The SNP’s own blueprint for a separate Scotland – the Sustainable Growth Commission published in 2018 – acknowledged that an independent Scotland would be shaped by foreign direct investment, by low taxation and by prolonged and intensified austerity as an independent Scotland adjusts to its new reality. This would mean public spending cuts, stealth tax rises, lower wages, greater job insecurity, fewer opportunities for all and poorer public services.
So neither the status quo nor the nationalist prescription are what Scotland and the rest of the UK needs. In fact, in Government, the SNP have been the status quo’s biggest champions, in spite of their rhetoric. They have presided over decline through inaction.
They talk of political sovereignty, but economic sovereignty lies increasingly in the hands of faraway board rooms – increasingly overseas.
Abolish House of Lords
Jeremy Corbyn and I have also been clear that a second independence referendum would not be the priority of a Labour government in its formative years. Labour is opposed to independence and we believe another referendum is neither desirable, nor necessary. The best case against independence will be the election and actions of radical redistributive Labour governments in the UK and in Scotland.
So Labour is committed to securing new powers for the Scottish Parliament, including borrowing powers and the power to enhance employment rights above the UK level – with a clear mandate for these powers to be used to empower every workplace and community.
And we will abolish the unelected House of Lords. Jeremy Corbyn has already stated that “We have a House of Lords that is dominated by a small number of people from London and the South East. I would want to see an elected second chamber that it is representative of all regions and nations of the United Kingdom”.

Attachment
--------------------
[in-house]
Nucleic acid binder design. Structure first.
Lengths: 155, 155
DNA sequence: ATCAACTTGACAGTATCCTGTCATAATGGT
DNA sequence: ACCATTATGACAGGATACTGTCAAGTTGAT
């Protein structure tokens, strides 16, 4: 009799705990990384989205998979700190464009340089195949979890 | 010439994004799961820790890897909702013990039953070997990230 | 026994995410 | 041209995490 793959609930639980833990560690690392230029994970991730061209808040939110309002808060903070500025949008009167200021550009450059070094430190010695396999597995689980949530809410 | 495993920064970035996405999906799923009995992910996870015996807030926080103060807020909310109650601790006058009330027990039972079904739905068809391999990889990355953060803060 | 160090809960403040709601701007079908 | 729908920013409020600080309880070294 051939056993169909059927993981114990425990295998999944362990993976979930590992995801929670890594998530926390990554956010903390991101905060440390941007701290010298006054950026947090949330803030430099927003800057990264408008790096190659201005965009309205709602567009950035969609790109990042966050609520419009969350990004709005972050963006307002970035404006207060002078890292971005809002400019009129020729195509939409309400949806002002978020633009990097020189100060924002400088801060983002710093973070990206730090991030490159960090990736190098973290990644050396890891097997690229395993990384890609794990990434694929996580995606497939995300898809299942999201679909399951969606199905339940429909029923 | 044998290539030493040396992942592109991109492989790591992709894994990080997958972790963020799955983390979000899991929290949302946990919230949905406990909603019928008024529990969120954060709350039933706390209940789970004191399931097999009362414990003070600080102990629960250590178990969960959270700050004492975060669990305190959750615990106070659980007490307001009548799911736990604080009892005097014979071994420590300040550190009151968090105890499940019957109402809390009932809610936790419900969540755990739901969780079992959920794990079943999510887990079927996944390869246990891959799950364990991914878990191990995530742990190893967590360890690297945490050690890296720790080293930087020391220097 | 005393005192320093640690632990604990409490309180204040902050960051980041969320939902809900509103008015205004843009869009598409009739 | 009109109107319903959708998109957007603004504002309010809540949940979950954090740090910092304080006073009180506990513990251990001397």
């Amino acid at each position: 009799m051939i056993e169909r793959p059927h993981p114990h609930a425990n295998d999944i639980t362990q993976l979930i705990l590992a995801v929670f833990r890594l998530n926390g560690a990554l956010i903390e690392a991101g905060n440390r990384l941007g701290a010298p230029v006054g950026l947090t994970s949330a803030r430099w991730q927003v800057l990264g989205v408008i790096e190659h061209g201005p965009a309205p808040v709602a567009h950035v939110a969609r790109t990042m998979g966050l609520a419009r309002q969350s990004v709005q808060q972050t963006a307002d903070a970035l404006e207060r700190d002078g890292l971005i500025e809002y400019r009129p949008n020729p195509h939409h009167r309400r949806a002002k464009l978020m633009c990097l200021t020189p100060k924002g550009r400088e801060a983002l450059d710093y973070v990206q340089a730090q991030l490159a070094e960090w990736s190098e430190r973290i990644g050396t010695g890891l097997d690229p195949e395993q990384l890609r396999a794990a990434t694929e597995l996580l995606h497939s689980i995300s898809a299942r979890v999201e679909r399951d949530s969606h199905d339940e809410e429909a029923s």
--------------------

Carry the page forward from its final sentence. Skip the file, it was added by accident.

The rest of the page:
And the Scottish Parliament must use the powers it already has to lead the way in building the kind of public services and welfare state that we need across the UK, rather than acting as passive receivers of cuts from Westminster. We need an active industrial strategy so that we have a government with a comprehensive economic action plan devised by unions, employers and government and its agencies to move beyond the SNP’s case-by-case industrial rescue service.
Nicola Sturgeon’s focus in this General Election is to talk about independence to divert attention away from the SNP’s failing record in charge of Scotland’s public services and economy.
In Government, the First Minister has voted with the Tories to keep the failed ScotRail franchise in the hands of the Dutch state, letting passengers and workers down. The NHS is missing more targets every single month, letting patients and staff down. The SNP Government has failed to stand up to the Tories and failed to abolish the two-child cap and the rape clause, letting all of us down. With a record like this, little wonder that the SNP want to focus on breaking up the UK.
This is the most important election for a generation. It is not a proxy vote about some future referendum. It is about who forms a government and who runs the UK and in whose interests they govern and legislate for the next five years.
That is not some political game but a serious question that demands proper consideration and deserves an outcome that in my view must lead to the election of a majority Labour government.
Richard Leonard is an MSP for Central Scotland and leader of Scottish Labour